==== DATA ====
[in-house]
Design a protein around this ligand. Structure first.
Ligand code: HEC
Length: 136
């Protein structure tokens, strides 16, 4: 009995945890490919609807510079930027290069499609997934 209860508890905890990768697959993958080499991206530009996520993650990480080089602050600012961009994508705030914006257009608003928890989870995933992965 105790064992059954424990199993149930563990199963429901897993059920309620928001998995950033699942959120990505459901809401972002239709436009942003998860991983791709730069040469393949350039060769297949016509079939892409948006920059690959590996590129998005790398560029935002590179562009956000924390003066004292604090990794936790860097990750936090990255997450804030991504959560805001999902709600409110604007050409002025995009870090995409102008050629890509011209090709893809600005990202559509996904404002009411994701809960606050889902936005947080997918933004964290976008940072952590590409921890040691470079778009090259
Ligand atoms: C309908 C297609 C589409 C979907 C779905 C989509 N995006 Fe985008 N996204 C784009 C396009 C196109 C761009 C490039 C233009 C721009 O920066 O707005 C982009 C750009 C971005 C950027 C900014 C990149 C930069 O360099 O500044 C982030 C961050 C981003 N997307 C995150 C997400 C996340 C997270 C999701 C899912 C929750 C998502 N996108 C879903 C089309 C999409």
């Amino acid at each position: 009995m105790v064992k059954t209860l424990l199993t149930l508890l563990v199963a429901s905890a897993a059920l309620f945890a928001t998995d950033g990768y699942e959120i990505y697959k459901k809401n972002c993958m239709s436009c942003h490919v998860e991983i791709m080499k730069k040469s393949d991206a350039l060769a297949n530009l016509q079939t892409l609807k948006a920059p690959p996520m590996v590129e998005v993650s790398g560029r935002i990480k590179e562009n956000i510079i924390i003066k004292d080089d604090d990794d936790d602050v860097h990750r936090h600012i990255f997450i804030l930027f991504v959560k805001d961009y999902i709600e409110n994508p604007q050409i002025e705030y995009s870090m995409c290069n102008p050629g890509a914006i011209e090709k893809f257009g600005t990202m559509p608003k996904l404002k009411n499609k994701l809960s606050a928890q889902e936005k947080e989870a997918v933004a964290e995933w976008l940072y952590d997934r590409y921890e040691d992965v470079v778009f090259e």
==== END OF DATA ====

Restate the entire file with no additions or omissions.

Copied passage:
[in-house]
Design a protein around this ligand. Structure first.
Ligand code: HEC
Length: 136
């Protein structure tokens, strides 16, 4: 009995945890490919609807510079930027290069499609997934 209860508890905890990768697959993958080499991206530009996520993650990480080089602050600012961009994508705030914006257009608003928890989870995933992965 105790064992059954424990199993149930563990199963429901897993059920309620928001998995950033699942959120990505459901809401972002239709436009942003998860991983791709730069040469393949350039060769297949016509079939892409948006920059690959590996590129998005790398560029935002590179562009956000924390003066004292604090990794936790860097990750936090990255997450804030991504959560805001999902709600409110604007050409002025995009870090995409102008050629890509011209090709893809600005990202559509996904404002009411994701809960606050889902936005947080997918933004964290976008940072952590590409921890040691470079778009090259
Ligand atoms: C309908 C297609 C589409 C979907 C779905 C989509 N995006 Fe985008 N996204 C784009 C396009 C196109 C761009 C490039 C233009 C721009 O920066 O707005 C982009 C750009 C971005 C950027 C900014 C990149 C930069 O360099 O500044 C982030 C961050 C981003 N997307 C995150 C997400 C996340 C997270 C999701 C899912 C929750 C998502 N996108 C879903 C089309 C999409």
């Amino acid at each position: 009995m105790v064992k059954t209860l424990l199993t149930l508890l563990v199963a429901s905890a897993a059920l309620f945890a928001t998995d950033g990768y699942e959120i990505y697959k459901k809401n972002c993958m239709s436009c942003h490919v998860e991983i791709m080499k730069k040469s393949d991206a350039l060769a297949n530009l016509q079939t892409l609807k948006a920059p690959p996520m590996v590129e998005v993650s790398g560029r935002i990480k590179e562009n956000i510079i924390i003066k004292d080089d604090d990794d936790d602050v860097h990750r936090h600012i990255f997450i804030l930027f991504v959560k805001d961009y999902i709600e409110n994508p604007q050409i002025e705030y995009s870090m995409c290069n102008p050629g890509a914006i011209e090709k893809f257009g600005t990202m559509p608003k996904l404002k009411n499609k994701l809960s606050a928890q889902e936005k947080e989870a997918v933004a964290e995933w976008l940072y952590d997934r590409y921890e040691d992965v470079v778009f090259e």